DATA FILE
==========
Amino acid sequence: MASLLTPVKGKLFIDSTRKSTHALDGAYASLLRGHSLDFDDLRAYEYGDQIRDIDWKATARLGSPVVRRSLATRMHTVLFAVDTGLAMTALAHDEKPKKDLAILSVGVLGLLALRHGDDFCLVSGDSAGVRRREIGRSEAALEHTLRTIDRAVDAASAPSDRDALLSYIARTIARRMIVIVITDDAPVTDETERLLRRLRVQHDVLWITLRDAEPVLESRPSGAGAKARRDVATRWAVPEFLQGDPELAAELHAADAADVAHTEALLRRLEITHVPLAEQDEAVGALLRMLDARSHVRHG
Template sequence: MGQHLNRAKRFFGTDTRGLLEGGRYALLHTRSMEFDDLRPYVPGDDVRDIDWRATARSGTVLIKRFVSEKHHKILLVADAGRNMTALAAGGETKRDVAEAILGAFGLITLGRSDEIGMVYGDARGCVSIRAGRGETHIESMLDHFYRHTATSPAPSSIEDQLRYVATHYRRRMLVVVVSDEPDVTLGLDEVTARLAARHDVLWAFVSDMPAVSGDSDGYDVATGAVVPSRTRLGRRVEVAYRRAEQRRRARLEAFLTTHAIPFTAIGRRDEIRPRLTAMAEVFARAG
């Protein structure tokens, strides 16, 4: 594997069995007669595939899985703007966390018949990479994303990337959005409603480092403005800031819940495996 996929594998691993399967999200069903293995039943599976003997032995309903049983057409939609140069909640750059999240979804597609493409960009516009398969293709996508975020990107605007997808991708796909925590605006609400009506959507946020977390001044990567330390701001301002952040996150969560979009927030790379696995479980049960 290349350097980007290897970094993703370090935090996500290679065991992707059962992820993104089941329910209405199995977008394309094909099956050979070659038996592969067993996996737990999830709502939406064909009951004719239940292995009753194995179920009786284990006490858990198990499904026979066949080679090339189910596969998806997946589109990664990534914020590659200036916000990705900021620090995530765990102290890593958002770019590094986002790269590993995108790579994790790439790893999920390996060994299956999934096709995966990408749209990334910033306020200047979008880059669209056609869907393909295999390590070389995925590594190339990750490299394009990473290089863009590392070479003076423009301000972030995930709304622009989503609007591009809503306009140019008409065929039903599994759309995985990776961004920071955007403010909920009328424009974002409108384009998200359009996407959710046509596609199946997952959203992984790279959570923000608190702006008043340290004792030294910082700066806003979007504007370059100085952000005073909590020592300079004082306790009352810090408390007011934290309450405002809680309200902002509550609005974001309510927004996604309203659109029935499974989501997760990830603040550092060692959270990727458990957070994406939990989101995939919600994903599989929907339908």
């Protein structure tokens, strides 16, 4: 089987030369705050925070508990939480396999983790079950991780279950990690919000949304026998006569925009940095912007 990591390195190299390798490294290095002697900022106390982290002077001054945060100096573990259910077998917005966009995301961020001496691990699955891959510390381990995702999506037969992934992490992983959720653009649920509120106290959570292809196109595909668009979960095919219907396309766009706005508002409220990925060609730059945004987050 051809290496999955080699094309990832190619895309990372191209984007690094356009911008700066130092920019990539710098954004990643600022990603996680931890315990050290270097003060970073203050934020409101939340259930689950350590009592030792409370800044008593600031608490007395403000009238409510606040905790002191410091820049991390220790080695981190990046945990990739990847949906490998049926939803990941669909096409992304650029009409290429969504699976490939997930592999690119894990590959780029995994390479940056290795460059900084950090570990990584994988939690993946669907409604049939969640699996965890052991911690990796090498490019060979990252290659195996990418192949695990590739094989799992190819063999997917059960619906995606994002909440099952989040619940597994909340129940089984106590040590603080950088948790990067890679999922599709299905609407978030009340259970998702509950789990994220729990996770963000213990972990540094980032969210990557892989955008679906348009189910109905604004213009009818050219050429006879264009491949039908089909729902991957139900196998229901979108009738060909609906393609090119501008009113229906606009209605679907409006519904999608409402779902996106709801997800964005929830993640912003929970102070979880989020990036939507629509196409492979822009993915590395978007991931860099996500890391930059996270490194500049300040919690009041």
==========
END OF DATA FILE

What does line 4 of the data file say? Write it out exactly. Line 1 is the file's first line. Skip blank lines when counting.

């Protein structure tokens, strides 16, 4: 089987030369705050925070508990939480396999983790079950991780279950990690919000949304026998006569925009940095912007 990591390195190299390798490294290095002697900022106390982290002077001054945060100096573990259910077998917005966009995301961020001496691990699955891959510390381990995702999506037969992934992490992983959720653009649920509120106290959570292809196109595909668009979960095919219907396309766009706005508002409220990925060609730059945004987050 051809290496999955080699094309990832190619895309990372191209984007690094356009911008700066130092920019990539710098954004990643600022990603996680931890315990050290270097003060970073203050934020409101939340259930689950350590009592030792409370800044008593600031608490007395403000009238409510606040905790002191410091820049991390220790080695981190990046945990990739990847949906490998049926939803990941669909096409992304650029009409290429969504699976490939997930592999690119894990590959780029995994390479940056290795460059900084950090570990990584994988939690993946669907409604049939969640699996965890052991911690990796090498490019060979990252290659195996990418192949695990590739094989799992190819063999997917059960619906995606994002909440099952989040619940597994909340129940089984106590040590603080950088948790990067890679999922599709299905609407978030009340259970998702509950789990994220729990996770963000213990972990540094980032969210990557892989955008679906348009189910109905604004213009009818050219050429006879264009491949039908089909729902991957139900196998229901979108009738060909609906393609090119501008009113229906606009209605679907409006519904999608409402779902996106709801997800964005929830993640912003929970102070979880989020990036939507629509196409492979822009993915590395978007991931860099996500890391930059996270490194500049300040919690009041």